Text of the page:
Honda's RCV1000R production racer is due to get some upgrades after all, but those upgrades are not set to come until 2015, according to reports on GPOne.com. The performance of the RCV1000R has been a source of some disappointment for the teams who stumped up the roughly 1 million euros a season the bike costs, as well as for the riders who have been hired to race the bike. After reports that a Honda test rider had lapped with 0.3 seconds of the factory RC213V machine, expectations of the bike were very high indeed.
On the track, the RCV1000R has not got anywhere near the times expected of it. Comparing the fastest race lap of the fastest RCV1000R rider against the slowest RC213V rider shows an average difference of 0.730 seconds over the first five races of the season, four tenths more than Honda had managed with a test rider. Teams have complained, riders have been open in criticizing the lack of power, and the current teams have been eyeing the Open class Yamahas fielded by the NGM Forward team with some interest.
Press releases from the MotoGP teams and Bridgestone after Sunday's French Grand Prix at Le Mans:
Press releases from the MotoGP teams and Bridgestone after qualifying for Sunday's MotoGP race at Le Mans:
Press releases from the MotoGP teams and Bridgestone after the first day of practice for the French Grand Prix at Le Mans:
As the MotoGP circus descends upon the charming French town of Le Mans this weekend, there is one question at the front of everybody's minds: can he do it? Can Marc Marquez continue his incredible string of poles and victories by winning at Le Mans? On the evidence of the 2014 season so far, you would have to say he can. But Le Mans is a different circuit, and one where a gaggle of Yamaha riders have gone well in the past. This could possibly be the first race since Qatar where Marquez is made to work for it.
Marquez has a lot going for him in France. Leaving aside his form – a perfect record of poles and wins this year, as well as being fastest in over half the sessions of free practice so far – the track looks to play to the Honda's strengths, on paper at least. The stop-and-go nature of the Le Mans track sees the bikes spend a lot of time under hard acceleration, with slower corners needing hard braking. The Honda's 'V' approach to the corners – brake late, turn hard, stand the bike up quickly and get on the gas – seems to be a much better fit to the Le Mans circuit than Yamaha's 'U' style – brake early, enter faster, carry more corner speed and smoothly wind on the throttle.
And yet Yamaha riders have won four of the last six races at the circuit. Jorge Lorenzo has won the French Grand Prix at Le Mans three times, and each time with a very comfortable margin over his competitors. Valentino Rossi has won here twice on a Yamaha, in 2005 and 2008, and finished second behind Lorenzo in 2010. It's even a track where Colin Edwards has shone in the past on a Yamaha – and where perhaps he can do well once again, despite hating the current Yamaha chassis he is riding at Forward Yamaha. This is the first in a series of circuits where Yamaha riders have dominated in the past. If Jorge Lorenzo and Valentino Rossi want to start fighting back against the might of Marquez, Le Mans is as good a place to start as any.
Press release previews from the MotoGP teams and Bridgestone ahead of this weekend's French MotoGP round at Le Mans:
Press releases from the teams after Monday's test at Jerez:
2014 Jerez Sunday MotoGP, Moto2 And Moto3 Round Up: Spanish Passion, Non-Spanish Winners, And The Alien's Alien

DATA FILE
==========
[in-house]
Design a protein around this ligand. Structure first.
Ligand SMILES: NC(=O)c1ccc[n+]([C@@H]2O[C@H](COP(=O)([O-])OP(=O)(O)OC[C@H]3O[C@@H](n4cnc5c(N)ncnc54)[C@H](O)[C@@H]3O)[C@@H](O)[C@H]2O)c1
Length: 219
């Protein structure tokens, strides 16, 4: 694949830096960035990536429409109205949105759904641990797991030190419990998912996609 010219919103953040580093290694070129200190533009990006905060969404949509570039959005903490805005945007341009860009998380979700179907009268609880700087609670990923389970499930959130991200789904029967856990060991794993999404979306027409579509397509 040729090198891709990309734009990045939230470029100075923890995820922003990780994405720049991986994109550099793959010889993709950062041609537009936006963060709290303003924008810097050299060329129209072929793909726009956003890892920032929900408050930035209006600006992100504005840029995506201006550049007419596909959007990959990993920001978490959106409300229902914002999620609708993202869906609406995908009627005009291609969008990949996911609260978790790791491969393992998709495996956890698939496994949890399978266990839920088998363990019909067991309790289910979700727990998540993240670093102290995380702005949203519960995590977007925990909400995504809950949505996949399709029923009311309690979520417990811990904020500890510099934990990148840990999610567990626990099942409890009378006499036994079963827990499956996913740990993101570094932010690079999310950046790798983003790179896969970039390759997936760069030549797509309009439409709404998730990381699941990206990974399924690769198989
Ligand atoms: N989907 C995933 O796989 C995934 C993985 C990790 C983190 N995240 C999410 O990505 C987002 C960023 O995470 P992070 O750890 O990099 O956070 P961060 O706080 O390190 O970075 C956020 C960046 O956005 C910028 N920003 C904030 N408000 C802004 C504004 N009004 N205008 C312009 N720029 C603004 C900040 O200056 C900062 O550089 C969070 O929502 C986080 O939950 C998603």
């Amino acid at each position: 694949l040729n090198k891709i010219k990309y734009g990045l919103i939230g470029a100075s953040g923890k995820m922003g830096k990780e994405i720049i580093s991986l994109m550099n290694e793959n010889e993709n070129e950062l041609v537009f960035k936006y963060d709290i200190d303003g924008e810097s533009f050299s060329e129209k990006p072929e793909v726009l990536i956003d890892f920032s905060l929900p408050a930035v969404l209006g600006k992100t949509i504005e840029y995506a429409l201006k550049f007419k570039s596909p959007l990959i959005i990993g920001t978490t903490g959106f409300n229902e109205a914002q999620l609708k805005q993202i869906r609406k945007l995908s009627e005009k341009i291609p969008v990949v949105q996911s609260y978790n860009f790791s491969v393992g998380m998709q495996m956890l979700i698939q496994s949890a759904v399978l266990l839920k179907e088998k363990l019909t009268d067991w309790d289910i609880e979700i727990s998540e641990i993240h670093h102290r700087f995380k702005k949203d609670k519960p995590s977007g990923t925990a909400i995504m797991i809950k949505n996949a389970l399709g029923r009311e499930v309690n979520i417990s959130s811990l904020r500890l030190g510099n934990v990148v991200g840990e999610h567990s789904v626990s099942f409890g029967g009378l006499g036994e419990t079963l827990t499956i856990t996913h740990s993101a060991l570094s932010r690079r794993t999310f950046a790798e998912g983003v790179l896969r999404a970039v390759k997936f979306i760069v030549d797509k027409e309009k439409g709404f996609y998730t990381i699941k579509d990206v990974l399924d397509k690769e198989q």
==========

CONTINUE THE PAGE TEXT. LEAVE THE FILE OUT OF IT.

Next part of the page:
There is always something very special about Jerez. There are few circuits on earth where fans gather to worship at the altar of motorcycle racing which quite such deafening intensity and passion as at the Circuito de Jerez in southern Spain. Fans of motorcycle racing are a passionate bunch wherever you are in the world, but the fans in Jerez add a spice and temperament which lifts the atmosphere to a higher plane. Despite Andalusia's continuing and severe economic recession, crowd numbers for the event were up again from last year, from over 111,000 to 117,001 paying customers on Sunday. Motorcycle racing lives on in Spanish hearts, no matter the state of their wallets.
Unlike last year, however, the Spanish fans were not treated to what is known in the country as a 'Triplete', or a clean sweep of Spanish wins in all three classes. Both Moto3 and Moto2 saw non-Spanish winners, and even the MotoGP podium was not all Spanish for a change. The two junior classes saw their championship chases thrown open once again, unlike in MotoGP. There, Marc Marquez tightened his stranglehold on the championship, extending his reign of terror from three to four races. At every round of MotoGP so far this year, Marc Marquez – Marc the Merciless, as veteran GP journalist Michael Scott refers to him, while some of the less appreciative fans prefer the moniker Murder Marc, after the young Spaniard's occasionally reckless antics in Moto2 – has taken both pole and victory in the first four races of the season.
Press releases from the MotoGP teams and Bridgestone after Sunday's race at Jerez:
Press releases from the MotoGP teams and Bridgestone after qualifying at Jerez:
Press releases from the MotoGP teams and Bridgestone ahead of the Spanish Grand Prix at Jerez:
Press releases from Bridgestone and the MotoGP teams after the Argentinian GP at the Termas de Rio Hondo circuit:
Press releases from the MotoGP teams, Bridgestone and the circuit after qualifying for Sunday's race at the Termas de Rio Hondo circuit in Argentina:
Press releases from the MotoGP teams and Bridgestone after the first day of practice at the Termas de Rio Hondo circuit:
Press releases from the MotoGP teams and Bridgestone ahead of this weekend's Argentinian MotoGP round at the Termas de Rio Hondo circuit: